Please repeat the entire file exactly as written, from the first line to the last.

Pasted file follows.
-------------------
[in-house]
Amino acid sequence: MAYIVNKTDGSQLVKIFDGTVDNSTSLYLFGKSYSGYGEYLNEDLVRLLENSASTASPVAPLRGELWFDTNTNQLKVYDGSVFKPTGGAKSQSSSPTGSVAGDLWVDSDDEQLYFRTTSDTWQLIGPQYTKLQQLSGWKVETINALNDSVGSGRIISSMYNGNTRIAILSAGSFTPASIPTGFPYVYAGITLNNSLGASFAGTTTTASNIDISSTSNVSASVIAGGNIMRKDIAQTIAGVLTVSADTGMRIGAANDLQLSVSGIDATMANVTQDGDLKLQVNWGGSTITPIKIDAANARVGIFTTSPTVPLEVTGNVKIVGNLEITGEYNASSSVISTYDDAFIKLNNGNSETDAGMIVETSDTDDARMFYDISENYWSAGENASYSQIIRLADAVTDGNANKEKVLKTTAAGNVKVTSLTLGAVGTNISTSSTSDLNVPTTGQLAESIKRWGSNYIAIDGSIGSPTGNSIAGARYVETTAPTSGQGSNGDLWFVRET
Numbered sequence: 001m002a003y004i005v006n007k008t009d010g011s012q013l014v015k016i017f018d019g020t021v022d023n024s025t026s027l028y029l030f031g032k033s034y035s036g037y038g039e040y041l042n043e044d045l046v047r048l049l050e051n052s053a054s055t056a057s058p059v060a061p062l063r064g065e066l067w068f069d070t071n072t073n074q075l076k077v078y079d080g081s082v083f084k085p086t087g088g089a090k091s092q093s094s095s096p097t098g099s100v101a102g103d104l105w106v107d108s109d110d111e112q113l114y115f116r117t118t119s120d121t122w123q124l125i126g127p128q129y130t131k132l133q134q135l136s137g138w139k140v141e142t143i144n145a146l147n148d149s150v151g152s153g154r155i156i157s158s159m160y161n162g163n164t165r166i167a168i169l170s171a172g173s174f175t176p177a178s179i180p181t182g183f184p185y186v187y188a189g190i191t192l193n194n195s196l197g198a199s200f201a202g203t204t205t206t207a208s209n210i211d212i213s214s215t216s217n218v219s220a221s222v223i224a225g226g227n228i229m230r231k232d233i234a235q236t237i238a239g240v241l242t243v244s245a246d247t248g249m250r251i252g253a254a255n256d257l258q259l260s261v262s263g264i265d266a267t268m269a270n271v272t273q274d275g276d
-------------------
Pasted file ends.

[in-house]
Amino acid sequence: MAYIVNKTDGSQLVKIFDGTVDNSTSLYLFGKSYSGYGEYLNEDLVRLLENSASTASPVAPLRGELWFDTNTNQLKVYDGSVFKPTGGAKSQSSSPTGSVAGDLWVDSDDEQLYFRTTSDTWQLIGPQYTKLQQLSGWKVETINALNDSVGSGRIISSMYNGNTRIAILSAGSFTPASIPTGFPYVYAGITLNNSLGASFAGTTTTASNIDISSTSNVSASVIAGGNIMRKDIAQTIAGVLTVSADTGMRIGAANDLQLSVSGIDATMANVTQDGDLKLQVNWGGSTITPIKIDAANARVGIFTTSPTVPLEVTGNVKIVGNLEITGEYNASSSVISTYDDAFIKLNNGNSETDAGMIVETSDTDDARMFYDISENYWSAGENASYSQIIRLADAVTDGNANKEKVLKTTAAGNVKVTSLTLGAVGTNISTSSTSDLNVPTTGQLAESIKRWGSNYIAIDGSIGSPTGNSIAGARYVETTAPTSGQGSNGDLWFVRET
Numbered sequence: 001m002a003y004i005v006n007k008t009d010g011s012q013l014v015k016i017f018d019g020t021v022d023n024s025t026s027l028y029l030f031g032k033s034y035s036g037y038g039e040y041l042n043e044d045l046v047r048l049l050e051n052s053a054s055t056a057s058p059v060a061p062l063r064g065e066l067w068f069d070t071n072t073n074q075l076k077v078y079d080g081s082v083f084k085p086t087g088g089a090k091s092q093s094s095s096p097t098g099s100v101a102g103d104l105w106v107d108s109d110d111e112q113l114y115f116r117t118t119s120d121t122w123q124l125i126g127p128q129y130t131k132l133q134q135l136s137g138w139k140v141e142t143i144n145a146l147n148d149s150v151g152s153g154r155i156i157s158s159m160y161n162g163n164t165r166i167a168i169l170s171a172g173s174f175t176p177a178s179i180p181t182g183f184p185y186v187y188a189g190i191t192l193n194n195s196l197g198a199s200f201a202g203t204t205t206t207a208s209n210i211d212i213s214s215t216s217n218v219s220a221s222v223i224a225g226g227n228i229m230r231k232d233i234a235q236t237i238a239g240v241l242t243v244s245a246d247t248g249m250r251i252g253a254a255n256d257l258q259l260s261v262s263g264i265d266a267t268m269a270n271v272t273q274d275g276d